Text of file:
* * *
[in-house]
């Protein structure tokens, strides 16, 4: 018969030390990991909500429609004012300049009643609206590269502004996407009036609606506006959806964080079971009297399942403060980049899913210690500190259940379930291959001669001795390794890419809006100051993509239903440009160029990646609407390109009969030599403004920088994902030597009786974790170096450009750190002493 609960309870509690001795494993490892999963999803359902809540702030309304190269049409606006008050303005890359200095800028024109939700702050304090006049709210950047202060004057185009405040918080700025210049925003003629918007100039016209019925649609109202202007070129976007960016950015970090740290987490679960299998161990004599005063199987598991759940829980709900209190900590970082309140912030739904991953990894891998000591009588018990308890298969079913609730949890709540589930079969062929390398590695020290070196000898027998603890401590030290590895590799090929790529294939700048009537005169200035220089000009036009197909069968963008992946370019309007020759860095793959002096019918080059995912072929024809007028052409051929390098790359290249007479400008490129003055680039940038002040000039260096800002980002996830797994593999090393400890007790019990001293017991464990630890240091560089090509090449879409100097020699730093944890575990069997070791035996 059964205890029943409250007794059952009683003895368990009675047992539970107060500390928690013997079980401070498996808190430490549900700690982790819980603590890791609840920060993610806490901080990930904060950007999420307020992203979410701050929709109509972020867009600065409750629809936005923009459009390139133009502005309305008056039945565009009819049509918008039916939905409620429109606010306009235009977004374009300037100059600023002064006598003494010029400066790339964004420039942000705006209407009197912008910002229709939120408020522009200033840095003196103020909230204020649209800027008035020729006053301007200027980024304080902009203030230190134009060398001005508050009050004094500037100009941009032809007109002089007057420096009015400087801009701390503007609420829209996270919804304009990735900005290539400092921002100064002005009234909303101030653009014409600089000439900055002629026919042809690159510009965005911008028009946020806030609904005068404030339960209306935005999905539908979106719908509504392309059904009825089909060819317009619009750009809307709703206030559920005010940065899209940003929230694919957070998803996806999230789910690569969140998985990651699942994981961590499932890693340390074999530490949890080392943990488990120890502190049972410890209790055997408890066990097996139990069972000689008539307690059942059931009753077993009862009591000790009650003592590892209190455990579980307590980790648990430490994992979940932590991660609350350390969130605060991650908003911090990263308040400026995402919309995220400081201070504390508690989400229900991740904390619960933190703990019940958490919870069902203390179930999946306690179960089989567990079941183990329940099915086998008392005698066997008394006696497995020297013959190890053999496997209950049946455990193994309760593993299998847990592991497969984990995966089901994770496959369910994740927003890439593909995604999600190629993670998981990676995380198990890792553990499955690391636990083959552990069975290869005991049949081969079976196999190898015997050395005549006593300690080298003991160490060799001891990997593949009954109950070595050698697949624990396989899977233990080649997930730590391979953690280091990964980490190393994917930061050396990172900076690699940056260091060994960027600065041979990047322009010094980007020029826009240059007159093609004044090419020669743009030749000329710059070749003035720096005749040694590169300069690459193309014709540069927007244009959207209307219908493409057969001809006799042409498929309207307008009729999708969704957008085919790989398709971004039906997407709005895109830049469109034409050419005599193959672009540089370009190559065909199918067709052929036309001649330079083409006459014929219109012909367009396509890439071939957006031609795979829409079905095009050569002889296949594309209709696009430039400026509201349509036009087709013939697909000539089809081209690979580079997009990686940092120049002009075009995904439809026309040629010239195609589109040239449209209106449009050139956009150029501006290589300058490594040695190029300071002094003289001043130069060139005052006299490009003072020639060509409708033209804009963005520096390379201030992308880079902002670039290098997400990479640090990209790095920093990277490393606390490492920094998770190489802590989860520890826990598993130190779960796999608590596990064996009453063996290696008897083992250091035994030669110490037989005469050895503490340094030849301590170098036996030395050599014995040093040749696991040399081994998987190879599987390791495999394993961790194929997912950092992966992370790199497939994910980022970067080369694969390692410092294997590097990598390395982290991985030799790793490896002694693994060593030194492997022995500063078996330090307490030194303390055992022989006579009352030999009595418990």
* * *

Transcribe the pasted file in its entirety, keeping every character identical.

[in-house]
């Protein structure tokens, strides 16, 4: 018969030390990991909500429609004012300049009643609206590269502004996407009036609606506006959806964080079971009297399942403060980049899913210690500190259940379930291959001669001795390794890419809006100051993509239903440009160029990646609407390109009969030599403004920088994902030597009786974790170096450009750190002493 609960309870509690001795494993490892999963999803359902809540702030309304190269049409606006008050303005890359200095800028024109939700702050304090006049709210950047202060004057185009405040918080700025210049925003003629918007100039016209019925649609109202202007070129976007960016950015970090740290987490679960299998161990004599005063199987598991759940829980709900209190900590970082309140912030739904991953990894891998000591009588018990308890298969079913609730949890709540589930079969062929390398590695020290070196000898027998603890401590030290590895590799090929790529294939700048009537005169200035220089000009036009197909069968963008992946370019309007020759860095793959002096019918080059995912072929024809007028052409051929390098790359290249007479400008490129003055680039940038002040000039260096800002980002996830797994593999090393400890007790019990001293017991464990630890240091560089090509090449879409100097020699730093944890575990069997070791035996 059964205890029943409250007794059952009683003895368990009675047992539970107060500390928690013997079980401070498996808190430490549900700690982790819980603590890791609840920060993610806490901080990930904060950007999420307020992203979410701050929709109509972020867009600065409750629809936005923009459009390139133009502005309305008056039945565009009819049509918008039916939905409620429109606010306009235009977004374009300037100059600023002064006598003494010029400066790339964004420039942000705006209407009197912008910002229709939120408020522009200033840095003196103020909230204020649209800027008035020729006053301007200027980024304080902009203030230190134009060398001005508050009050004094500037100009941009032809007109002089007057420096009015400087801009701390503007609420829209996270919804304009990735900005290539400092921002100064002005009234909303101030653009014409600089000439900055002629026919042809690159510009965005911008028009946020806030609904005068404030339960209306935005999905539908979106719908509504392309059904009825089909060819317009619009750009809307709703206030559920005010940065899209940003929230694919957070998803996806999230789910690569969140998985990651699942994981961590499932890693340390074999530490949890080392943990488990120890502190049972410890209790055997408890066990097996139990069972000689008539307690059942059931009753077993009862009591000790009650003592590892209190455990579980307590980790648990430490994992979940932590991660609350350390969130605060991650908003911090990263308040400026995402919309995220400081201070504390508690989400229900991740904390619960933190703990019940958490919870069902203390179930999946306690179960089989567990079941183990329940099915086998008392005698066997008394006696497995020297013959190890053999496997209950049946455990193994309760593993299998847990592991497969984990995966089901994770496959369910994740927003890439593909995604999600190629993670998981990676995380198990890792553990499955690391636990083959552990069975290869005991049949081969079976196999190898015997050395005549006593300690080298003991160490060799001891990997593949009954109950070595050698697949624990396989899977233990080649997930730590391979953690280091990964980490190393994917930061050396990172900076690699940056260091060994960027600065041979990047322009010094980007020029826009240059007159093609004044090419020669743009030749000329710059070749003035720096005749040694590169300069690459193309014709540069927007244009959207209307219908493409057969001809006799042409498929309207307008009729999708969704957008085919790989398709971004039906997407709005895109830049469109034409050419005599193959672009540089370009190559065909199918067709052929036309001649330079083409006459014929219109012909367009396509890439071939957006031609795979829409079905095009050569002889296949594309209709696009430039400026509201349509036009087709013939697909000539089809081209690979580079997009990686940092120049002009075009995904439809026309040629010239195609589109040239449209209106449009050139956009150029501006290589300058490594040695190029300071002094003289001043130069060139005052006299490009003072020639060509409708033209804009963005520096390379201030992308880079902002670039290098997400990479640090990209790095920093990277490393606390490492920094998770190489802590989860520890826990598993130190779960796999608590596990064996009453063996290696008897083992250091035994030669110490037989005469050895503490340094030849301590170098036996030395050599014995040093040749696991040399081994998987190879599987390791495999394993961790194929997912950092992966992370790199497939994910980022970067080369694969390692410092294997590097990598390395982290991985030799790793490896002694693994060593030194492997022995500063078996330090307490030194303390055992022989006579009352030999009595418990």